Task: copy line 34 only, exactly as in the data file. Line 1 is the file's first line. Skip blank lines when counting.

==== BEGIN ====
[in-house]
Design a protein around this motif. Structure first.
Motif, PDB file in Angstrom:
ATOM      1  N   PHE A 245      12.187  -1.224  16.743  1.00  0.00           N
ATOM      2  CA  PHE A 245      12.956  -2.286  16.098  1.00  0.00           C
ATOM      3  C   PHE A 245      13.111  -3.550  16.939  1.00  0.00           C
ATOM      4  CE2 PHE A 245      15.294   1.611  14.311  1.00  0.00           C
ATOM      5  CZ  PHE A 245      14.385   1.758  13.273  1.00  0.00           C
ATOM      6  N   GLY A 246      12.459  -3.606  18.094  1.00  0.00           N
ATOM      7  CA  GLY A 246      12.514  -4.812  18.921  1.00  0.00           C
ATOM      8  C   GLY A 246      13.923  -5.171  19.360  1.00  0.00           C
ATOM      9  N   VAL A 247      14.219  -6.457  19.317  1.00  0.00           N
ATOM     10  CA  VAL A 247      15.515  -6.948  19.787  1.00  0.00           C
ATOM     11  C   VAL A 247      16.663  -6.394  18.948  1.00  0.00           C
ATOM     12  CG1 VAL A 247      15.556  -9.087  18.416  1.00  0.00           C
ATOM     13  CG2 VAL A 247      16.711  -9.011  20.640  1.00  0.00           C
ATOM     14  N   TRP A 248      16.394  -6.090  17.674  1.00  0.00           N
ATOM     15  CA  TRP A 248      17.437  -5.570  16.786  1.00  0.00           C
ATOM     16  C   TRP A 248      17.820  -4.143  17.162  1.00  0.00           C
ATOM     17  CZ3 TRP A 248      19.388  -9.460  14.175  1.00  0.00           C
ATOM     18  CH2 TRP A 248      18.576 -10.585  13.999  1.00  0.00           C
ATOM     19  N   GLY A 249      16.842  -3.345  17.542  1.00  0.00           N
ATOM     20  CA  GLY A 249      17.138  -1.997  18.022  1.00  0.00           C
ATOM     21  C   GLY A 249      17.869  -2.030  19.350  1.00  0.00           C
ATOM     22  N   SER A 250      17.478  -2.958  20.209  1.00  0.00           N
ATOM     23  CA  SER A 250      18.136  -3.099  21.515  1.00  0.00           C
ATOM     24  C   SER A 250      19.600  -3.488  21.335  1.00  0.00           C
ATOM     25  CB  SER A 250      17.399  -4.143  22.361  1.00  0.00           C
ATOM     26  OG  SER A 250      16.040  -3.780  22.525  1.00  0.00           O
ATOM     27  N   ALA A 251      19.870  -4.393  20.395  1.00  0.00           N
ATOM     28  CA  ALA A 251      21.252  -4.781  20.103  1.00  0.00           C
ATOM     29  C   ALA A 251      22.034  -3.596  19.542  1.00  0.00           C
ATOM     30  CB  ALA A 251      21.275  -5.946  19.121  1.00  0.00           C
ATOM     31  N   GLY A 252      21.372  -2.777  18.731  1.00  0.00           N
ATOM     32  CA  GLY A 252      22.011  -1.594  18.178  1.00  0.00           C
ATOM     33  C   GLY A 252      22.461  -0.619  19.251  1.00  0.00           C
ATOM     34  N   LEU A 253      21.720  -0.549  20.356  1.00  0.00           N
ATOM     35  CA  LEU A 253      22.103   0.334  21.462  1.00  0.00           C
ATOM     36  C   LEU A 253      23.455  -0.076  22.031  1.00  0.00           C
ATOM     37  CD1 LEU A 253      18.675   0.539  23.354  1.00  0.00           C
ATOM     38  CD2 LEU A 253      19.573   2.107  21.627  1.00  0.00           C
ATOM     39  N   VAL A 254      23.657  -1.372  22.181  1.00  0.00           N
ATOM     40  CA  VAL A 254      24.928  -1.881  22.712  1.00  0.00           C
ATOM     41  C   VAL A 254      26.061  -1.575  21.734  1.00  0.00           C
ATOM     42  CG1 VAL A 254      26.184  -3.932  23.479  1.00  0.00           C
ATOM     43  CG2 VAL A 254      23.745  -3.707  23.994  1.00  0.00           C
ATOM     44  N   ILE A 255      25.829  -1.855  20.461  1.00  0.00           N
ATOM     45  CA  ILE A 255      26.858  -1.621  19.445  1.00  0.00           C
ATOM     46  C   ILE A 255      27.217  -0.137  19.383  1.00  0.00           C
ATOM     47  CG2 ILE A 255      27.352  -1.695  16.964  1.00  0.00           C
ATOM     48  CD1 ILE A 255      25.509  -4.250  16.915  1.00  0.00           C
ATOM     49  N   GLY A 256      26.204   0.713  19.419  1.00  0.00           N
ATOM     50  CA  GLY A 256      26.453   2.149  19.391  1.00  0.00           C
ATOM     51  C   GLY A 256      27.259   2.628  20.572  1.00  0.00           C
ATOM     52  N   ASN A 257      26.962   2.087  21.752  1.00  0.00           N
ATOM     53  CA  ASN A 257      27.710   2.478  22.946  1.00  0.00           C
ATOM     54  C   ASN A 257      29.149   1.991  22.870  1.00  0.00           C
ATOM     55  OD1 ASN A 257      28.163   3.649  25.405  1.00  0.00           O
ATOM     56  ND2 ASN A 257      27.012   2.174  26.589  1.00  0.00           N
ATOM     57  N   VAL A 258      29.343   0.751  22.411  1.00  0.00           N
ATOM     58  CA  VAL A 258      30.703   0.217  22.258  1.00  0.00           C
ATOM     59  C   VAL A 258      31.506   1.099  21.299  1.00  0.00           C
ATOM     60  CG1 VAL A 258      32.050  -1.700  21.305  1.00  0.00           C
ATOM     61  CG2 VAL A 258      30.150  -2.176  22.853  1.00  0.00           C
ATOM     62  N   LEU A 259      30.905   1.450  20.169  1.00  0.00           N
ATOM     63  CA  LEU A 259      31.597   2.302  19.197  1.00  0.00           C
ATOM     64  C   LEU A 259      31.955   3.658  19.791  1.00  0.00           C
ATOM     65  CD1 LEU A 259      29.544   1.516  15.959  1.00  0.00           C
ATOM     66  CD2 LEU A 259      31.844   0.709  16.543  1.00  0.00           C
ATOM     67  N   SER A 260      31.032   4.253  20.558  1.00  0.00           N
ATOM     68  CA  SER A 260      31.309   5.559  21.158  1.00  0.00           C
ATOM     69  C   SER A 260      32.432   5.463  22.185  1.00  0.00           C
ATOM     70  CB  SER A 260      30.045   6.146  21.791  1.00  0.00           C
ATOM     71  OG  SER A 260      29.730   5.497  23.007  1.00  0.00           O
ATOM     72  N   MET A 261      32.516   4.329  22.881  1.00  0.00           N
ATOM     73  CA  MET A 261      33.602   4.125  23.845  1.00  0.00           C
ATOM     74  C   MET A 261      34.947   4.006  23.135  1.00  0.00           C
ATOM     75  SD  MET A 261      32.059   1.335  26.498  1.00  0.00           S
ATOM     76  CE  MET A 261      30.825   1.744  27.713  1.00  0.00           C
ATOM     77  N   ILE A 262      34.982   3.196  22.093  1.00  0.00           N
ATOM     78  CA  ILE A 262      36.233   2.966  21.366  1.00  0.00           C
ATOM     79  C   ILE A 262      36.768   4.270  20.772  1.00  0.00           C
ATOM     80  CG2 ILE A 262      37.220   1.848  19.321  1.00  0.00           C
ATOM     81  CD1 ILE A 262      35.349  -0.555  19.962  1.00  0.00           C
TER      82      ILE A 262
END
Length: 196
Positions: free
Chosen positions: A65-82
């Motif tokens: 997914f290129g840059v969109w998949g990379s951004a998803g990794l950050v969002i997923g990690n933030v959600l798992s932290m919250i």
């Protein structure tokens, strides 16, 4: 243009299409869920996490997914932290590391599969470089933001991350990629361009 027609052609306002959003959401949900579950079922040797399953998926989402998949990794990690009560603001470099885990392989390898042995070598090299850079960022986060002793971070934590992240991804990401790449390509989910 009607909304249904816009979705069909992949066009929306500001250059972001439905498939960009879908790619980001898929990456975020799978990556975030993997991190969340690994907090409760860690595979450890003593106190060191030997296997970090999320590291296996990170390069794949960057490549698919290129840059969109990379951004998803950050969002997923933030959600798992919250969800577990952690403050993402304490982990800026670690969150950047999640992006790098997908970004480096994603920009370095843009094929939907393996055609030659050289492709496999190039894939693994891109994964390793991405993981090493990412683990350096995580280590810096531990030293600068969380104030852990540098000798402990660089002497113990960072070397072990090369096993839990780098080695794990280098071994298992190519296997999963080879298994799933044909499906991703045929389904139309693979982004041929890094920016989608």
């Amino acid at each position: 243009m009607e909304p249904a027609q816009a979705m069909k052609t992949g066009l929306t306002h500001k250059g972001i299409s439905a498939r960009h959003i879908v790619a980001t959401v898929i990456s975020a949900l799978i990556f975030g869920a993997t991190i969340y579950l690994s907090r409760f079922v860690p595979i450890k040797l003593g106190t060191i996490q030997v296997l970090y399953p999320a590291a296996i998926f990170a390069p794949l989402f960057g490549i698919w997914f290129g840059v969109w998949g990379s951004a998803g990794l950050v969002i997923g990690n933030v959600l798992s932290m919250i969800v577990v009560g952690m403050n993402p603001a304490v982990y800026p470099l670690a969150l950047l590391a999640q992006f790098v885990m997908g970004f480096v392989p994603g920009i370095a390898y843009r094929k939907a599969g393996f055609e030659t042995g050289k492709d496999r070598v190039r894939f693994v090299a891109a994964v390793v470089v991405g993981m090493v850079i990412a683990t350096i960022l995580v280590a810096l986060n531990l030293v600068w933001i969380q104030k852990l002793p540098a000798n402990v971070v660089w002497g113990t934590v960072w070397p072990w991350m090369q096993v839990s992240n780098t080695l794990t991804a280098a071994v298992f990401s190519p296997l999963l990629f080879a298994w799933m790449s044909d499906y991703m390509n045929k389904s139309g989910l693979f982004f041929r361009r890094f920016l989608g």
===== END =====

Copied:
ATOM     31  N   GLY A 252      21.372  -2.777  18.731  1.00  0.00           N